Rishi Sunak has told the Commons it is 'somewhat odd' to be getting lectures on values from the SNP currently as he was pressed on his response to an investigation into bullying by the former PM Dominic Raab.

Mr Sunak was questioned on the matter by the SNP's Peter Grant at the end of Prime Minister's Questions today.

The MP for Glenrothes did not mention Mr Raab, who was found to have bullied civil servants following an investigation which reported last week, by name, but it is believed he was referring to the former deputy Prime Minister.

Mr Raab resigned as justice secretary and deputy Prime Minister after an inquiry into bullying upheld two allegations against him and found that he had behaved in an aggressive and intimidating manner with officials.

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The exchange in the Commons today comes amid an ongoing Police Scotland investigation into SNP finances.

Operation Branchform has seen the arrest of Peter Murrell, the former SNP chief executive and husband of the former First Minister Nicola Sturgeon, and Colin Beattie, the SNP MSP for Midlothian North and Musselburgh, who is the party's former national treasurer. Both Mr Murrell and Mr Beattie were released without charge pending further investigation.

Mr Grant said: "After an investigation ordered by the Prime Minister himself, a senior Conservative MP was found guilty of bullying, found guilty of behaviour that was persistently aggressive and intimidating.

"The MP in question then attempted to blame his victims. A whole string of Conservative MPs queued up to defend him, suggesting that his conduct was not only acceptable, but was actually good management practice.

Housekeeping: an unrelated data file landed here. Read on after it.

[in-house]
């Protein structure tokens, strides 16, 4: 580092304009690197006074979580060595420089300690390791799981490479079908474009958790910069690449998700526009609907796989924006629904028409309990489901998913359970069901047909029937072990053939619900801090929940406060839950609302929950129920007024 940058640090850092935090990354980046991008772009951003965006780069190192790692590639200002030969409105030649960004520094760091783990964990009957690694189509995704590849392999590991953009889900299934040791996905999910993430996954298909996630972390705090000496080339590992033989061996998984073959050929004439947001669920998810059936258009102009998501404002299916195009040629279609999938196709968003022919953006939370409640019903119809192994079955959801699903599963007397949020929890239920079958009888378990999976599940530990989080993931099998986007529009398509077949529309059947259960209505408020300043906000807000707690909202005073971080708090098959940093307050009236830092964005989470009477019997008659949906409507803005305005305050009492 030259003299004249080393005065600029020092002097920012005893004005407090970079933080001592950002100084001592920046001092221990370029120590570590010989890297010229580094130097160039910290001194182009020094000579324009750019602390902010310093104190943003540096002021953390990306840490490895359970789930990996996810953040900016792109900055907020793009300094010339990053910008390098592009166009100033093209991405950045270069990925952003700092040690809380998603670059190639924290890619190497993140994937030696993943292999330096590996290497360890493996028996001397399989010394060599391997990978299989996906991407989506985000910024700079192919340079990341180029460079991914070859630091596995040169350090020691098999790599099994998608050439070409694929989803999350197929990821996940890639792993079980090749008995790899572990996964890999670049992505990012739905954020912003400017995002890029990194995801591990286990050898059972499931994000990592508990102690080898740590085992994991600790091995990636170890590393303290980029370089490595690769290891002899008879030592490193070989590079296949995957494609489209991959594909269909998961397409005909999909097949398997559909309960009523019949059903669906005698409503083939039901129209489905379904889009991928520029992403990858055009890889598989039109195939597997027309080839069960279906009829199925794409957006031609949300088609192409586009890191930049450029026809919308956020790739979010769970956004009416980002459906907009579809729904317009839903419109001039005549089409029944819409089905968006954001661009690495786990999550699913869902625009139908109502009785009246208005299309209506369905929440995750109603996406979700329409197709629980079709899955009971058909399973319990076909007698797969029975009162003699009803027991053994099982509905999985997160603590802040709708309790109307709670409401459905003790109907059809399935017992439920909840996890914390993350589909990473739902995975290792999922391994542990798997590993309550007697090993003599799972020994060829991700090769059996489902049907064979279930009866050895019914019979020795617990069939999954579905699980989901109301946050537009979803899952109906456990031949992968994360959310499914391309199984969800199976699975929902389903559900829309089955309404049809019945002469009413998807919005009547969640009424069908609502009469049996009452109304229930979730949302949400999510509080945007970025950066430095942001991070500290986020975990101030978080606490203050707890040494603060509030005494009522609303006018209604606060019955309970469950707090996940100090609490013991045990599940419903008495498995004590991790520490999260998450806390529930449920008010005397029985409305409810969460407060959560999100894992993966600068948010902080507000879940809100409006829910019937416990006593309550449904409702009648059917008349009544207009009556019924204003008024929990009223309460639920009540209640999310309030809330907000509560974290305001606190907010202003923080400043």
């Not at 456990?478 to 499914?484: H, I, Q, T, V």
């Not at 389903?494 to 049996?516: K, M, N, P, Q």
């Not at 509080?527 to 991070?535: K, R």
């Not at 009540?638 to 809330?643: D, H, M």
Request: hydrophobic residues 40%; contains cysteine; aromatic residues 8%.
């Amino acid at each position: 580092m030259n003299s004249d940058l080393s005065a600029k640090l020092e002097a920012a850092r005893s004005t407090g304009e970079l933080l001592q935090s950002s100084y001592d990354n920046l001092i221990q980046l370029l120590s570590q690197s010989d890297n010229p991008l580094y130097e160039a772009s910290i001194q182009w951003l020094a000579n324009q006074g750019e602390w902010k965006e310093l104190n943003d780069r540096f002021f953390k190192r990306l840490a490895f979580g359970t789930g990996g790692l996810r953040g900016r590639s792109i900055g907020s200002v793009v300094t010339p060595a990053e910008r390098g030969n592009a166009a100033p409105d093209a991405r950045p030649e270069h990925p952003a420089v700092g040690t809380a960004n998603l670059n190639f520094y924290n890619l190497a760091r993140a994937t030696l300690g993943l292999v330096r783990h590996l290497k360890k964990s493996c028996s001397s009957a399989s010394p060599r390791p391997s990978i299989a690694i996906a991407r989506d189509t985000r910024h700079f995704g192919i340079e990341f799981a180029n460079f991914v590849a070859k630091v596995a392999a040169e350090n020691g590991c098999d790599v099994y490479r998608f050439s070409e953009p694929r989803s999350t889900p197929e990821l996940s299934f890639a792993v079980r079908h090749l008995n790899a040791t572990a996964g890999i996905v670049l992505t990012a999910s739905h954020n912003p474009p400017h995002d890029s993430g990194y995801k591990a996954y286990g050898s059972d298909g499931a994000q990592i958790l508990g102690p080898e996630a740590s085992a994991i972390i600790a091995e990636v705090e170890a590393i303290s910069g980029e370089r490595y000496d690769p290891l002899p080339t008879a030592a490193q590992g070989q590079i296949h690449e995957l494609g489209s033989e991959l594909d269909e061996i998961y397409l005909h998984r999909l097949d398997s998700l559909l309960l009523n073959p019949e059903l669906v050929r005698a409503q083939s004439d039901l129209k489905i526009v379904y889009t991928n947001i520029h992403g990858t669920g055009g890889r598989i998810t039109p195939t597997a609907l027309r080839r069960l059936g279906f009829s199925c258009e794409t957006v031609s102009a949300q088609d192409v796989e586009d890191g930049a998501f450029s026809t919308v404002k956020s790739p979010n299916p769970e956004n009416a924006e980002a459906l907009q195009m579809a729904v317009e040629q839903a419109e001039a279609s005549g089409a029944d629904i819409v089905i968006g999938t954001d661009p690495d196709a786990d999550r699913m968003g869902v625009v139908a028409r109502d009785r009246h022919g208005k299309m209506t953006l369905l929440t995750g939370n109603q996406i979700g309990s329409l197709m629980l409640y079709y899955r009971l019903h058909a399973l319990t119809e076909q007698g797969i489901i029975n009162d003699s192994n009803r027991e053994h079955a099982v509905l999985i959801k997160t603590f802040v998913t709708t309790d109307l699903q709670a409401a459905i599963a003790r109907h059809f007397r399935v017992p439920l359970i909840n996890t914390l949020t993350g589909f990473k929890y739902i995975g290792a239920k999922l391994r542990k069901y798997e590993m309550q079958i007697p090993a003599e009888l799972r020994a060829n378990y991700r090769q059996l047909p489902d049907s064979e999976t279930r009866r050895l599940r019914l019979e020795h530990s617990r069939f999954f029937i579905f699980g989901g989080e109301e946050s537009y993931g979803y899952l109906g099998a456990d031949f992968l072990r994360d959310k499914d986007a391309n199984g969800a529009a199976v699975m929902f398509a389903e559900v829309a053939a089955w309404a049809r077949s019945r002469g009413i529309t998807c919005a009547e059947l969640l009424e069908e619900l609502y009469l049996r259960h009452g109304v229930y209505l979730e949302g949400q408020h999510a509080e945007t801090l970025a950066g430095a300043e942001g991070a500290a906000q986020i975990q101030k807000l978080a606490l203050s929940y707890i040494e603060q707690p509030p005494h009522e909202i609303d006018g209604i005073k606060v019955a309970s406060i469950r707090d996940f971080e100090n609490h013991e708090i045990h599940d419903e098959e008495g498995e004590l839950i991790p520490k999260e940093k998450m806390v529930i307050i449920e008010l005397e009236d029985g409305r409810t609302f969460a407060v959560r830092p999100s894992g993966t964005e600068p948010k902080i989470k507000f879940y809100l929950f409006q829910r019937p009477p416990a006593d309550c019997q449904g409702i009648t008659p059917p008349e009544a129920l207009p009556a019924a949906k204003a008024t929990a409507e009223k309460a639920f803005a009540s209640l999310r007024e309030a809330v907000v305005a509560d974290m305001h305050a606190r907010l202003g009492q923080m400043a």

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"What does it say about the Prime Minister's own values that he has done nothing to distance himself from those comments."

The Prime Minister responded: "When formal complaints were made, I rightly initiated an independent investigation and as soon as it reported action was taken.
"That's the right thing to do to follow due process and then let the process play out Mr. Speaker, but I do think, it is somewhat all to be getting back to us on values right now from the SNP."

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A five-month inquiry by Adam Tolley KC investigated eight bullying allegations against Mr Raab made by civil servants during his time as Brexit, foreign and justice secretaries.

Two were upheld, with Mr Tolley concluding that Mr Raab had engaged in an “abuse of power” as foreign secretary by “undermining or humiliating” a senior official. While justice secretary, Mr Raab was found to have been “insulting” to staff. Mr Tolley also concluded that Mr Raab made “unfairly personal criticism” of Ministry of Justice staff but that he “did not intend . . . to upset or humiliate” them.

Mr Raab described the report’s findings as “flawed”, warning that they would set a “dangerous precedent for the conduct of good government”.